Separating the word into two parts, “vulner” and “ability,” allows us to pay attention to each. “Vulner” means “to wound” or “to affect.” To speak of vulner—ability is to emphasise a body’s ability to impact another, to do and undo what it interacts with. But “ability” here is not the expression of a willful agency. Even when I intend something, my intention and agency are permeated and modulated by my entanglements. Using the strong hyphen in vulner—ability emphasises these points but it may be best to speak of affect—ability. There is a neutrality to “affect” that reveals the impact of our entanglements as both positive and negative, which may be more difficult to grasp if we use “vulner.”

This vulner—ability is ridden by ambiguity especially because our entanglements are manifold, subjective, and material, and we cannot unravel them. Not only must we understand and maintain this ambiguity but we need to fully embrace it. Simone Drichel points out that “[i]n seeking to defend ourselves, we—perversely—come to violate ourselves, or, to put this differently, what we preserve in ‘self-preservation’ is what makes the self ‘inhuman’ rather than human.”[10] We need to stop trying to be invulnerable … in fact we can’t be! Judith Butler, who has written extensively on precariousness and grievable lives, observes that “the ontology of the body serves as a point of departure for (…) a rethinking of responsibility (…) precisely because, in its surface and its depth, the body is a social phenomenon: it is exposed to others, vulnerable by definition.”[11] This is true of the body and the transjective being as a whole.

Vulner—ability is generative because embracing it initiates a new type of ethical responsibility, one that may lead to the enhanced flourishing of life in all its instances. Indeed, Jane Bennett’s Spinozist perspective warns, “in a knotted world of vibrant matter, to harm one section of the web may very well be to harm oneself.”[12] The acknowledgement of one’s manifold entanglements is a precondition of this realisation. Making ourselves aware of the existence and operation of these processes is key not only to a better understanding but to an active embrace of a better ethos—a transjective ethics—that immerses us in these processes rather than distinguishes us from them.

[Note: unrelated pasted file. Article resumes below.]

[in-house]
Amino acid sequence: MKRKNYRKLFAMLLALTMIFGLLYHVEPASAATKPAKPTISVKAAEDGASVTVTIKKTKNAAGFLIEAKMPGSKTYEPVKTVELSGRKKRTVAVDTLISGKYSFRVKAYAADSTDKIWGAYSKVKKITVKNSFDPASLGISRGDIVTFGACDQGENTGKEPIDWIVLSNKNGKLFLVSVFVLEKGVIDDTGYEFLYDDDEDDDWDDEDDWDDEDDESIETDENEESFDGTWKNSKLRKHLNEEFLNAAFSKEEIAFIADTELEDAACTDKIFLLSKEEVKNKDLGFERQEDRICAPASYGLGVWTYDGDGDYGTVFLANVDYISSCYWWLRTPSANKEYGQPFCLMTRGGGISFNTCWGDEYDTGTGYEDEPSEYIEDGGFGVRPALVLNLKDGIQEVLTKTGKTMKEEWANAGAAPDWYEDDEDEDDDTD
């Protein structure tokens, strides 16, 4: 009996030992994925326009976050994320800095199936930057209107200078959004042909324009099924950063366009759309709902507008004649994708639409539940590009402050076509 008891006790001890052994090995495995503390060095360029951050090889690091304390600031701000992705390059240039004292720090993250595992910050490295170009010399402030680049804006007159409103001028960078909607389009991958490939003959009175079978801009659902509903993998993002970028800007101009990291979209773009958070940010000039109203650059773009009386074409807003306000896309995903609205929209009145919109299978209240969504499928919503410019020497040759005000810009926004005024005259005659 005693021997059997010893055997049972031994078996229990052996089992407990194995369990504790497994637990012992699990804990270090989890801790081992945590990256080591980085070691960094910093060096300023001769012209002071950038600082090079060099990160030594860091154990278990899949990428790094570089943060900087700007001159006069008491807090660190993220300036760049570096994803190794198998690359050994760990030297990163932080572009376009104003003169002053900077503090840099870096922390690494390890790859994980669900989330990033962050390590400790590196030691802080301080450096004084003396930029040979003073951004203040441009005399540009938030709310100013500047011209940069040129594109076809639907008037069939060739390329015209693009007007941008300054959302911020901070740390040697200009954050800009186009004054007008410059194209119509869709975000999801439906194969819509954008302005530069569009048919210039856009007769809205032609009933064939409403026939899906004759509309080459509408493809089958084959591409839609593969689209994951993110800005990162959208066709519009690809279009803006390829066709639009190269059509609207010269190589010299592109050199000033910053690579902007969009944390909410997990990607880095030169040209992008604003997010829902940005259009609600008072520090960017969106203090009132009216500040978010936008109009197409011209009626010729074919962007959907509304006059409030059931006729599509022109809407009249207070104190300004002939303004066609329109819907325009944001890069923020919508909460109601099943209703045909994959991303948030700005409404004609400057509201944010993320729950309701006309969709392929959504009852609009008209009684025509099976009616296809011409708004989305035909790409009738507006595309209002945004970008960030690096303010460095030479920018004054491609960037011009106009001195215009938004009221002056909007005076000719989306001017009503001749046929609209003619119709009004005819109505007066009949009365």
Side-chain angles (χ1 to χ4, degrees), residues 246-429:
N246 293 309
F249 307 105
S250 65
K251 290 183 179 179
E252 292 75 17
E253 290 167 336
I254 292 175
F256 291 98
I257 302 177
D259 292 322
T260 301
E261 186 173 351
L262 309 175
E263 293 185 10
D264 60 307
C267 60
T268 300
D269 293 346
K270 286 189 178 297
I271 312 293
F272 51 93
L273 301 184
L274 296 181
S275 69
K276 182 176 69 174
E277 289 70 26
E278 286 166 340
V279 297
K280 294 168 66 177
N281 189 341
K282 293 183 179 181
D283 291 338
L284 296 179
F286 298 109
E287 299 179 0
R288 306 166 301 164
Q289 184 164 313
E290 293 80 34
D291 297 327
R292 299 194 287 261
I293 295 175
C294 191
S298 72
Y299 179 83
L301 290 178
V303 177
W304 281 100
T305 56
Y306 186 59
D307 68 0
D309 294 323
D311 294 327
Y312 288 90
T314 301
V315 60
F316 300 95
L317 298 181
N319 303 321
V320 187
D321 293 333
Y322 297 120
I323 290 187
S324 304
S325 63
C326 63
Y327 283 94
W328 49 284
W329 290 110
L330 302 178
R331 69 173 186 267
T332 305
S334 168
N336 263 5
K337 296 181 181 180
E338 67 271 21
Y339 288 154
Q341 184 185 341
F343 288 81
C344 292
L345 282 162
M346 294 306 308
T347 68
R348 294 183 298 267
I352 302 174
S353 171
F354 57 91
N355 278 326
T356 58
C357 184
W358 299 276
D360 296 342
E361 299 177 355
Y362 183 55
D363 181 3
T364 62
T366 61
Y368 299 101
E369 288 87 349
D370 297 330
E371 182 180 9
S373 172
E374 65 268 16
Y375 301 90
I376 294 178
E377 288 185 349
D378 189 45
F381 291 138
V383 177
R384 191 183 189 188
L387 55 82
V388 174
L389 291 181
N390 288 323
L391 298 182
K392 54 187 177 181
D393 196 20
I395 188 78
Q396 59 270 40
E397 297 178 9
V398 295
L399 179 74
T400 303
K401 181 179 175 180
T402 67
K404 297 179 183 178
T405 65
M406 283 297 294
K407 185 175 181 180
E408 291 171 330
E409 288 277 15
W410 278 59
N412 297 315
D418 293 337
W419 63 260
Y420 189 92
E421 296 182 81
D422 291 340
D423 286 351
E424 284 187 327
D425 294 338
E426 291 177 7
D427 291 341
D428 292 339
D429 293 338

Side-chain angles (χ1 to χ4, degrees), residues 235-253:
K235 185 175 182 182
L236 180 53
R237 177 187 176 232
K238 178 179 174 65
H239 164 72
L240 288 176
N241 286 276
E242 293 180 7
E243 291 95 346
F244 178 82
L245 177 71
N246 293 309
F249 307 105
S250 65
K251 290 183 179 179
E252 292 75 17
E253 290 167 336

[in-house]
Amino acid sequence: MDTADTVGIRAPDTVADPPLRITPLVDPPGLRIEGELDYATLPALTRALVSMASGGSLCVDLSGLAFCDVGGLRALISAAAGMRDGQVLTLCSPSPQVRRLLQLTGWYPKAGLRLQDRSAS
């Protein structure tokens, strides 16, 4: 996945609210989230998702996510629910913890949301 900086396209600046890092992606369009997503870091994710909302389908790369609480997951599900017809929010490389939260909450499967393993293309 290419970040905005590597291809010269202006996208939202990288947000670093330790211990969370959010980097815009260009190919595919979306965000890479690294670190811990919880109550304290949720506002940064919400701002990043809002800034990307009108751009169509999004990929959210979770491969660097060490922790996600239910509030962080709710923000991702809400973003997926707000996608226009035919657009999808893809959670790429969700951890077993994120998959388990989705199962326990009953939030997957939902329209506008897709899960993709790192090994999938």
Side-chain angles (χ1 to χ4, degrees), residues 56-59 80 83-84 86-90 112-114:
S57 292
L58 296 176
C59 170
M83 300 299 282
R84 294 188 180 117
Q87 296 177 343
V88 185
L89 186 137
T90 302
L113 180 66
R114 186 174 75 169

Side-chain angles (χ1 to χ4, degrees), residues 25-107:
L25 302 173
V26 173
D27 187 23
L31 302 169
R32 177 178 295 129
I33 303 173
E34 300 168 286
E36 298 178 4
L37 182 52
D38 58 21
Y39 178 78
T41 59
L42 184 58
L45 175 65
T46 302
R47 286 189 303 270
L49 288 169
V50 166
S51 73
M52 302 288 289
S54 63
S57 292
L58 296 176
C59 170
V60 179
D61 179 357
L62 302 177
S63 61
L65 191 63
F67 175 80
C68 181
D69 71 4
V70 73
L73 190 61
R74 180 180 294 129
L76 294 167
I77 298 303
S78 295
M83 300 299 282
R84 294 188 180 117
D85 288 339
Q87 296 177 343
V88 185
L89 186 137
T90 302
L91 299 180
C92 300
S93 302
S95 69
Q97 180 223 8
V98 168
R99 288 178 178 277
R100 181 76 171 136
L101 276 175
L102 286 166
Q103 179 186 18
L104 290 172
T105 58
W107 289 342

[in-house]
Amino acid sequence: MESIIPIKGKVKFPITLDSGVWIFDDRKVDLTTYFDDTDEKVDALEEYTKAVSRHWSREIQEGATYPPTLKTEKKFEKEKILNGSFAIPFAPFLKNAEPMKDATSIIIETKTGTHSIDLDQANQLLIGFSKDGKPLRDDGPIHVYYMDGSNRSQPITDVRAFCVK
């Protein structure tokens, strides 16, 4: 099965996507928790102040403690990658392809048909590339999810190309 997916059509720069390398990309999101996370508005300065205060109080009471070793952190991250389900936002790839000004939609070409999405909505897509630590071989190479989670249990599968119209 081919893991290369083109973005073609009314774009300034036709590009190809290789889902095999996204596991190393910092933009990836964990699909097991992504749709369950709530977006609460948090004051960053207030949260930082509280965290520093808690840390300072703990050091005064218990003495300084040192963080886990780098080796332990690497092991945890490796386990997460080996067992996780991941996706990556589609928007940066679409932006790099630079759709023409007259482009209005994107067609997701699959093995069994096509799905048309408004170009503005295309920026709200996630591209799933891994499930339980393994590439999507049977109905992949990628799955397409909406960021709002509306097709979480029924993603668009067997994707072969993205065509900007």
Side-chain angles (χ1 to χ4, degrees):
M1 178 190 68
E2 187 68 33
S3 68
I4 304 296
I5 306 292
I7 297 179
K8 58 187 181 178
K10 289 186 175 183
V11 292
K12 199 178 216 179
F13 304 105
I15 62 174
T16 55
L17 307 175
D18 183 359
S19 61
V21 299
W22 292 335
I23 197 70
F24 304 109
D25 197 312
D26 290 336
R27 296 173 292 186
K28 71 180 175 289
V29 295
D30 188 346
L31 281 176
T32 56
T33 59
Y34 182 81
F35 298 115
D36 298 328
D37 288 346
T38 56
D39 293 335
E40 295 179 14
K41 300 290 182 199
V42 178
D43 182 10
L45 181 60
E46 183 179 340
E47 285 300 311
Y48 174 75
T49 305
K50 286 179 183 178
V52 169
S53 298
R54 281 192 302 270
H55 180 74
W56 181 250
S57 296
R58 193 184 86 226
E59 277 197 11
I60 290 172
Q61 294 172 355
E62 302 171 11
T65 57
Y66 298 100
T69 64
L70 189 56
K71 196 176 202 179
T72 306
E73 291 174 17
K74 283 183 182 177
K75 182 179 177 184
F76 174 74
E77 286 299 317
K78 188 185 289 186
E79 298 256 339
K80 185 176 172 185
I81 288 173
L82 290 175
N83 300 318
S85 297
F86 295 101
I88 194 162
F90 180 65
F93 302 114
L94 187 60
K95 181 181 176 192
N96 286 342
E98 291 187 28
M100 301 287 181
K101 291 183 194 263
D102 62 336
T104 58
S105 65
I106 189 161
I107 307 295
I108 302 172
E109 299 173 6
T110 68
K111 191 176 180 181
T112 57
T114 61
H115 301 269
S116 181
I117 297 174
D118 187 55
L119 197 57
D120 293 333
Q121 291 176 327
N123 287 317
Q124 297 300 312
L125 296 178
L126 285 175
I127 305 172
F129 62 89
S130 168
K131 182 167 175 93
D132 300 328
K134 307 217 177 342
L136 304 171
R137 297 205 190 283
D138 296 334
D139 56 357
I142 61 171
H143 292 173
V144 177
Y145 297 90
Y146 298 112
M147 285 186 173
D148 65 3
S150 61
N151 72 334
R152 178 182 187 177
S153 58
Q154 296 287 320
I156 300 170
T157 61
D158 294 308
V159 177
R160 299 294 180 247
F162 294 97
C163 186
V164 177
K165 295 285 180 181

Acknowledging and nurturing our ontological vulner—ability yields ethical growth by allowing this striving to unfold for all beings. The ethics we need is not a set of rules but rather the embrace of an ethos, the adoption of an orientation toward being, whereby one understands oneself as a transjective being. Acknowledging and nurturing our ontological vulner—ability is an essential part of this. Understanding our vulner—ability as grounded in our manifold entanglements opens the way for embracing our being and an ethos that can lead to an existential mode of delight: that of living as entangled, which comes with both generative and not so generative affect.

Our task is to recover ourselves as the transjective beings we have always been. Alaimo calls for the performance of exposure, namely the embrace of permeability, which “entails the intuitive sense or the philosophical conviction that the impermeable Western human subject is no longer tenable.”[13] We must actively seek what has been construed as our ‘undoing’ in the humanist worldview since only then will we be thriving as beings that are constantly and dynamically done and undone.

This affirmative stance and ethos is joyful and delightful but does not evacuate tensions or pain. As Brian Massumi explains: “Joy can be very disruptive, it can even be very painful. What I think Spinoza and Nietzsche are getting at is joy as affirmation, an assuming by the body of its potentials, its assuming of a posture that intensifies its powers of existence. The moment of joy is the co-presence of those potentials, in the context of a bodily becoming.”[14] This joyful experience of the self as a radically materially entangled being, as a vulner—able being, also provokes pain. There are interesting issues to think through concerning such an ethics—or ethos. These have to do with responsibility and reciprocity, and also what I call “affirmative empathy”.